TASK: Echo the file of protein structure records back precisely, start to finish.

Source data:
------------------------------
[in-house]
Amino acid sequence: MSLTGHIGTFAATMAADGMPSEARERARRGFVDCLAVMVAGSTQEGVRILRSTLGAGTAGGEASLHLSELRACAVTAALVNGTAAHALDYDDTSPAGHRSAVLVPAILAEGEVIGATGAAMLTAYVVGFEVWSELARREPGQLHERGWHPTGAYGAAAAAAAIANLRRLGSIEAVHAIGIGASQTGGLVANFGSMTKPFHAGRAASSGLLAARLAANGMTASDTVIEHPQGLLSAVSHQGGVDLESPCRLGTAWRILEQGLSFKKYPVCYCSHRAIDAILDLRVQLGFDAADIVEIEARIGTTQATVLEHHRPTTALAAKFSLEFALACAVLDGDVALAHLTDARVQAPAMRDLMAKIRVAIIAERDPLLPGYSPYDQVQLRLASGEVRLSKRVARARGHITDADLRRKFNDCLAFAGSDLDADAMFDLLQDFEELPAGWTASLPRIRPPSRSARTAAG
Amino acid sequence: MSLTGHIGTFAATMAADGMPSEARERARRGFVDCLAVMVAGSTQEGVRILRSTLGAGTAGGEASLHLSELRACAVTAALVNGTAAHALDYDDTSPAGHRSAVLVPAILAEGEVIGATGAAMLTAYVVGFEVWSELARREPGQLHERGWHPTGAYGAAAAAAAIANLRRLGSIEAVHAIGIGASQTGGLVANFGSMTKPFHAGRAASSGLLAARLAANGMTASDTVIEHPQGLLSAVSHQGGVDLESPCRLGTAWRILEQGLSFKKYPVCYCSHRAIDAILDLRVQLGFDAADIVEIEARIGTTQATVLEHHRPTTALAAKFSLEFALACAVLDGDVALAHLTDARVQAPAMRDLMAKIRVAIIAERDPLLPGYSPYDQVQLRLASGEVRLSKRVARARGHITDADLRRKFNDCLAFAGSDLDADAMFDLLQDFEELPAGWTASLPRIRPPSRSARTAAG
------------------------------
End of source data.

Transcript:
[in-house]
Amino acid sequence: MSLTGHIGTFAATMAADGMPSEARERARRGFVDCLAVMVAGSTQEGVRILRSTLGAGTAGGEASLHLSELRACAVTAALVNGTAAHALDYDDTSPAGHRSAVLVPAILAEGEVIGATGAAMLTAYVVGFEVWSELARREPGQLHERGWHPTGAYGAAAAAAAIANLRRLGSIEAVHAIGIGASQTGGLVANFGSMTKPFHAGRAASSGLLAARLAANGMTASDTVIEHPQGLLSAVSHQGGVDLESPCRLGTAWRILEQGLSFKKYPVCYCSHRAIDAILDLRVQLGFDAADIVEIEARIGTTQATVLEHHRPTTALAAKFSLEFALACAVLDGDVALAHLTDARVQAPAMRDLMAKIRVAIIAERDPLLPGYSPYDQVQLRLASGEVRLSKRVARARGHITDADLRRKFNDCLAFAGSDLDADAMFDLLQDFEELPAGWTASLPRIRPPSRSARTAAG
Amino acid sequence: MSLTGHIGTFAATMAADGMPSEARERARRGFVDCLAVMVAGSTQEGVRILRSTLGAGTAGGEASLHLSELRACAVTAALVNGTAAHALDYDDTSPAGHRSAVLVPAILAEGEVIGATGAAMLTAYVVGFEVWSELARREPGQLHERGWHPTGAYGAAAAAAAIANLRRLGSIEAVHAIGIGASQTGGLVANFGSMTKPFHAGRAASSGLLAARLAANGMTASDTVIEHPQGLLSAVSHQGGVDLESPCRLGTAWRILEQGLSFKKYPVCYCSHRAIDAILDLRVQLGFDAADIVEIEARIGTTQATVLEHHRPTTALAAKFSLEFALACAVLDGDVALAHLTDARVQAPAMRDLMAKIRVAIIAERDPLLPGYSPYDQVQLRLASGEVRLSKRVARARGHITDADLRRKFNDCLAFAGSDLDADAMFDLLQDFEELPAGWTASLPRIRPPSRSARTAAG